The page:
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The Way We Walk, Volume 1: The Shorts

Genesis

The Way We Walk, Volume 1: The Shorts

Reviews

  • Currently 4.0/5 Stars.

Type: Live

Sampling: 44,1 kHz

Source: CD

Tracks: 11

Language: English

Total size: 144.48 Mb

Year: 1992

Total price: $1.32


#
Title
Price
Bitrate
Duration
Size
1
$0.12
320
05:16
12.06 Mb
2
$0.12
320
07:05
16.24 Mb
3
$0.12
320
05:24
12.35 Mb
4
$0.12
320
06:02
13.8 Mb
5
$0.12
320
06:55
15.85 Mb
6
$0.12
320
06:50
15.66 Mb
7
$0.12
320
05:41
13.01 Mb
8
$0.12
320
04:59
11.42 Mb
9
$0.12
320
05:36
12.83 Mb
10
$0.12
320
03:36
8.23 Mb
11
$0.12
320
05:41
13.03 Mb


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In 1992, Genesis band mates Phil Collins, Tony Banks embarked on a world tour, bringing along with their long-time road guitarist Darryl Steurmer and drummer Chester Thompson, performing mostly in large stadiums. The tour was an incredible success. It had been ten years since the release of their last live album, “Three Sides Live”, so they decided it was time for another. Genesis fans had been split into two segments: fans of the newer, top 40-style songs, and fans of their more progressive material. Progressive songs tend to be longer, and feature extended instrumental sections, two factors that generally prevent such songs from getting much radio airplay. They wanted to please all of their fans, so they decided that rather than making a two-disc set, which would have a high price point that might dissuade the casual fans from buying it, they would release two separate albums. The first release was called “The Way We Walk, Volume One: The Shorts”. The name was a play off the lyrics of “I Can’t Dance”, the big hit from the “We Can’t Dance” album, and also from the Gabriel-era song “I Know What I Like (In Your Wardrobe)”, which would appear on the second volume. The qualifier “The Shorts” was an indication that the album was focusing on their hit singles. Shortly after, they released “The Way We Walk, Volume Two: The Longs”, which contained the longer, more instrumental and progressive songs performed on the tour.

“The Way We Walk: Volume One” is basically a greatest hits live album. The opening track is “Land of Confusion”, one of their most popular hits. This is one of their strongest rock songs, with a biting guitar riff repeated throughout. The album closes with three of the other four single releases from “Invisible Touch”, including the soft ballad “In Too Deep”, “Tonight, Tonight, Tonight” and the title track from that album. On the last several tours with the Collins/Banks/Rutherford lineup, the last two always went together, with “Tonight” fading into “Invisible Touch”. “Tonight” is an interesting case, the album version contains a long instrumental section that was mostly edited out for release as a single; the performance here is of the shorter version, still a good song, but fans of the progressive side of the band will be disappointed by the edit. “Invisible Touch” is an excellent choice for the end of the album, as it usually closed the main performance. It’s a high-energy song that builds to a crashing crescendo, ending the show on very high note.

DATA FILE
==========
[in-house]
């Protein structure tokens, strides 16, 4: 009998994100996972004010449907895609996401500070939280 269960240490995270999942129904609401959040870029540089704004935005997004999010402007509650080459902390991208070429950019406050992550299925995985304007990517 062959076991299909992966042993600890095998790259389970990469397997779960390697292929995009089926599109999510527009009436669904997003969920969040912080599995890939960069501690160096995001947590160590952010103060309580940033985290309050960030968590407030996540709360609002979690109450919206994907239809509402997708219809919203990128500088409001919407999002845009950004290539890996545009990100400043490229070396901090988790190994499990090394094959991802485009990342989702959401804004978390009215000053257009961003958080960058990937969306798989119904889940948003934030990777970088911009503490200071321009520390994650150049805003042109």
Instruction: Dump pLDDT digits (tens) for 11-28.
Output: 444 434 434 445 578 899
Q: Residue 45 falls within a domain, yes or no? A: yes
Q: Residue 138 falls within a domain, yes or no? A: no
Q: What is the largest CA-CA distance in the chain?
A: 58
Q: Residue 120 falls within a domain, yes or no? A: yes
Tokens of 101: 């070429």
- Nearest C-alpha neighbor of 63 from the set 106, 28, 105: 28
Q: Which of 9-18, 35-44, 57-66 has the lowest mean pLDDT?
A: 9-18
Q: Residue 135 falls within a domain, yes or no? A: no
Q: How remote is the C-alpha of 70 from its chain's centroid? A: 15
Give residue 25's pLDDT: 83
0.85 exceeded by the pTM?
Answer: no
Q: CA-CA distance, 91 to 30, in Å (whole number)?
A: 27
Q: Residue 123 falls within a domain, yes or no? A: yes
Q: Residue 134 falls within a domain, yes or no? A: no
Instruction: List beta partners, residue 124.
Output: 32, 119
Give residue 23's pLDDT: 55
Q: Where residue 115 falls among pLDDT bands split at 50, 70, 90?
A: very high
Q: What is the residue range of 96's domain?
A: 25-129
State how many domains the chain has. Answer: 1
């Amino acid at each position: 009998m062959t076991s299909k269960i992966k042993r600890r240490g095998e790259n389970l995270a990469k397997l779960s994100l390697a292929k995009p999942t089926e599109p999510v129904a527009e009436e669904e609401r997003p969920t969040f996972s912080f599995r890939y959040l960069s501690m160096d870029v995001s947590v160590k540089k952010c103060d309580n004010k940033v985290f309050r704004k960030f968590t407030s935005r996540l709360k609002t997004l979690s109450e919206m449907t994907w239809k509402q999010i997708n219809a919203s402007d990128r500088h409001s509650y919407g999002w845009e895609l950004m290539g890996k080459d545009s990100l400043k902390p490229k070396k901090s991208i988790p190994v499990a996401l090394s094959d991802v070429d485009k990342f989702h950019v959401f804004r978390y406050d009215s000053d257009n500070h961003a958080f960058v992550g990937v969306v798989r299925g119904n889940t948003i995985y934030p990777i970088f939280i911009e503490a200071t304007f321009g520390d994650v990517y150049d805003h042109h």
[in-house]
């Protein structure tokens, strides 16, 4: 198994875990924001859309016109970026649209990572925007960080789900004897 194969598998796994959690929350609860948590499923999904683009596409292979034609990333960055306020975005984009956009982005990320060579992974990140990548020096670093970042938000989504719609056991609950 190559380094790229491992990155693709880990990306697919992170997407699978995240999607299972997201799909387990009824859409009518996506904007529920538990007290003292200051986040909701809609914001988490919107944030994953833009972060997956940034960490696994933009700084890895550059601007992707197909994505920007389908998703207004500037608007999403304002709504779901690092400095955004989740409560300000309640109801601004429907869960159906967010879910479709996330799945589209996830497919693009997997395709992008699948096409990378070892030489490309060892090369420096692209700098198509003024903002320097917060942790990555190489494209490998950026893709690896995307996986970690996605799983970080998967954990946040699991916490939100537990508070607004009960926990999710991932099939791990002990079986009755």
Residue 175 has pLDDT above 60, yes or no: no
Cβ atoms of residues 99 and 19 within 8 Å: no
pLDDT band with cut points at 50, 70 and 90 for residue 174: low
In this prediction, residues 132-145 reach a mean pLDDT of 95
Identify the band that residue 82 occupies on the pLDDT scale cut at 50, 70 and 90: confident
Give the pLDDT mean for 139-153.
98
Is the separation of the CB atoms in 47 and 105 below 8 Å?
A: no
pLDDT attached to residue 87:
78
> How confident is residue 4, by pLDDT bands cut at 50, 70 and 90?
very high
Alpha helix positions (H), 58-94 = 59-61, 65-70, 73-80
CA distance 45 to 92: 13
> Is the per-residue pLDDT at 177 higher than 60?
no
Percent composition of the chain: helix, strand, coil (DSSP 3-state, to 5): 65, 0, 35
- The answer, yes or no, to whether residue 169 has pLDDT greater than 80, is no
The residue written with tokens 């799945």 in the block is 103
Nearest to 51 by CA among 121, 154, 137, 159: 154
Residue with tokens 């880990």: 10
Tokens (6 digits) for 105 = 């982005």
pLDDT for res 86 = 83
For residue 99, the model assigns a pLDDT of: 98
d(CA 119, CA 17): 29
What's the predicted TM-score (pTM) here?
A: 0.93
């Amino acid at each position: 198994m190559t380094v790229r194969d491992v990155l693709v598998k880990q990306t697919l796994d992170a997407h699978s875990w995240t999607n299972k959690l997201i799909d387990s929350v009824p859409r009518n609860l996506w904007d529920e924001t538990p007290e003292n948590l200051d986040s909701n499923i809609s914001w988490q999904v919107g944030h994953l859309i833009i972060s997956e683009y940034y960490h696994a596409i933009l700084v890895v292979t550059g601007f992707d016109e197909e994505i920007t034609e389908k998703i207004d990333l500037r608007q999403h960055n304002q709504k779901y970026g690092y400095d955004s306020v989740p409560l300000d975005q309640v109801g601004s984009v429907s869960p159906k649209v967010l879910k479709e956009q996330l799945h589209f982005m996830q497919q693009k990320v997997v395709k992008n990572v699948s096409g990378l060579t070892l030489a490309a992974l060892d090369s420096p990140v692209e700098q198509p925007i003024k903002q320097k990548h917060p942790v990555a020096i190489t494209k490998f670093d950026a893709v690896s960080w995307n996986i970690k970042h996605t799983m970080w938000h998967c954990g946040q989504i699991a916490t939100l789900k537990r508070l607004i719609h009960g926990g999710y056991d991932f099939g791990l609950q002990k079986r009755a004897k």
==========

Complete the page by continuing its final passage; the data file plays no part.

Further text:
“In Too Deep” and two other songs on this album were not taken from the “Way We Walk” tour, but rather from the “Invisible Touch” tour, six years earlier. Most fans likely won’t notice much difference, but Collins' voice is a bit deeper in the newer tracks. The others from the “Invisible Touch” tour are “That’s All” and “Mama”, the two big hits from their self-titled album. “Mama” is a darkly intense tune, strongly punctuated by Collins’ vocals. A song of similar musical structure, but completely opposite tone is “I Can’t Dance”. This song plays more to Collins personality, a much more upbeat and lighthearted feel over a simple but strong guitar riff.

Collins has always been a consummate performer, and always manages to capture his audience. The band are all masters of their craft, and play with incredible precision and energy. The main complaint about this album would be that the songs are kept so short, they don’t really get a chance to show what they can do. But the point of the album is to bring their live performances to as many as possible. The band delivers on all their songs here; perhaps the tone is a bit uneven, as most songs come from different shows, even from different tours, but as a live greatest hits album this certainly gives the audience what they want.

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